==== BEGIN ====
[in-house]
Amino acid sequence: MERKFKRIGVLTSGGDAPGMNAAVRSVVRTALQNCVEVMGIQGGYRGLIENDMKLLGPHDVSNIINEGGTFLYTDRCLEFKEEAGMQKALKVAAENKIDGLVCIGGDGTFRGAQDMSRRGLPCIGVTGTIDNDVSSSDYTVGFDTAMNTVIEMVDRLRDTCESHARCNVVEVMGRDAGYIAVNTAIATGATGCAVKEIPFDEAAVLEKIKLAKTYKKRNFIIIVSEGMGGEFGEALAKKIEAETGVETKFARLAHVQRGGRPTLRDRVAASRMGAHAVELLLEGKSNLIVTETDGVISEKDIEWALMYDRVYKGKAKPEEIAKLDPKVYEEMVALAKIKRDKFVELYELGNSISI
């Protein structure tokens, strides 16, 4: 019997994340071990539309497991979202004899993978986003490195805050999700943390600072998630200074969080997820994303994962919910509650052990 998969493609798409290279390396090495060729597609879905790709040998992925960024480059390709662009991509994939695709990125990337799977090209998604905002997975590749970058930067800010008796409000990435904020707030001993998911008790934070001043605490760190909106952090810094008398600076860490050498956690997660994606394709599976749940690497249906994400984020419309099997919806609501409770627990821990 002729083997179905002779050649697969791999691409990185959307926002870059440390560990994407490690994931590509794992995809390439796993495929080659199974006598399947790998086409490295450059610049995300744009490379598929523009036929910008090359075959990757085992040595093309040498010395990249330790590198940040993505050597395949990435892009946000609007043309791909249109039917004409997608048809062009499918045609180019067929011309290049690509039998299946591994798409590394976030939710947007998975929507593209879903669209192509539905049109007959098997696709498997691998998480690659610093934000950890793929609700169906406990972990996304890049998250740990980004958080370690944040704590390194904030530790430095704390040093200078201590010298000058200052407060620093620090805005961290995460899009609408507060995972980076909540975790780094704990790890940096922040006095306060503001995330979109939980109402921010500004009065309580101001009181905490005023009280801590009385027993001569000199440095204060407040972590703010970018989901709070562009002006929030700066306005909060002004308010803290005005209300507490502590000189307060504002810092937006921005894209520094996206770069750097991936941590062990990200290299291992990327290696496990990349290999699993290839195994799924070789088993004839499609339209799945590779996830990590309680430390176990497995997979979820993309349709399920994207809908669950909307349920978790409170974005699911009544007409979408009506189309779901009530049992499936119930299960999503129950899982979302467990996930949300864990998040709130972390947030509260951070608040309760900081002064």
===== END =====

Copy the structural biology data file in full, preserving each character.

[in-house]
Amino acid sequence: MERKFKRIGVLTSGGDAPGMNAAVRSVVRTALQNCVEVMGIQGGYRGLIENDMKLLGPHDVSNIINEGGTFLYTDRCLEFKEEAGMQKALKVAAENKIDGLVCIGGDGTFRGAQDMSRRGLPCIGVTGTIDNDVSSSDYTVGFDTAMNTVIEMVDRLRDTCESHARCNVVEVMGRDAGYIAVNTAIATGATGCAVKEIPFDEAAVLEKIKLAKTYKKRNFIIIVSEGMGGEFGEALAKKIEAETGVETKFARLAHVQRGGRPTLRDRVAASRMGAHAVELLLEGKSNLIVTETDGVISEKDIEWALMYDRVYKGKAKPEEIAKLDPKVYEEMVALAKIKRDKFVELYELGNSISI
């Protein structure tokens, strides 16, 4: 019997994340071990539309497991979202004899993978986003490195805050999700943390600072998630200074969080997820994303994962919910509650052990 998969493609798409290279390396090495060729597609879905790709040998992925960024480059390709662009991509994939695709990125990337799977090209998604905002997975590749970058930067800010008796409000990435904020707030001993998911008790934070001043605490760190909106952090810094008398600076860490050498956690997660994606394709599976749940690497249906994400984020419309099997919806609501409770627990821990 002729083997179905002779050649697969791999691409990185959307926002870059440390560990994407490690994931590509794992995809390439796993495929080659199974006598399947790998086409490295450059610049995300744009490379598929523009036929910008090359075959990757085992040595093309040498010395990249330790590198940040993505050597395949990435892009946000609007043309791909249109039917004409997608048809062009499918045609180019067929011309290049690509039998299946591994798409590394976030939710947007998975929507593209879903669209192509539905049109007959098997696709498997691998998480690659610093934000950890793929609700169906406990972990996304890049998250740990980004958080370690944040704590390194904030530790430095704390040093200078201590010298000058200052407060620093620090805005961290995460899009609408507060995972980076909540975790780094704990790890940096922040006095306060503001995330979109939980109402921010500004009065309580101001009181905490005023009280801590009385027993001569000199440095204060407040972590703010970018989901709070562009002006929030700066306005909060002004308010803290005005209300507490502590000189307060504002810092937006921005894209520094996206770069750097991936941590062990990200290299291992990327290696496990990349290999699993290839195994799924070789088993004839499609339209799945590779996830990590309680430390176990497995997979979820993309349709399920994207809908669950909307349920978790409170974005699911009544007409979408009506189309779901009530049992499936119930299960999503129950899982979302467990996930949300864990998040709130972390947030509260951070608040309760900081002064």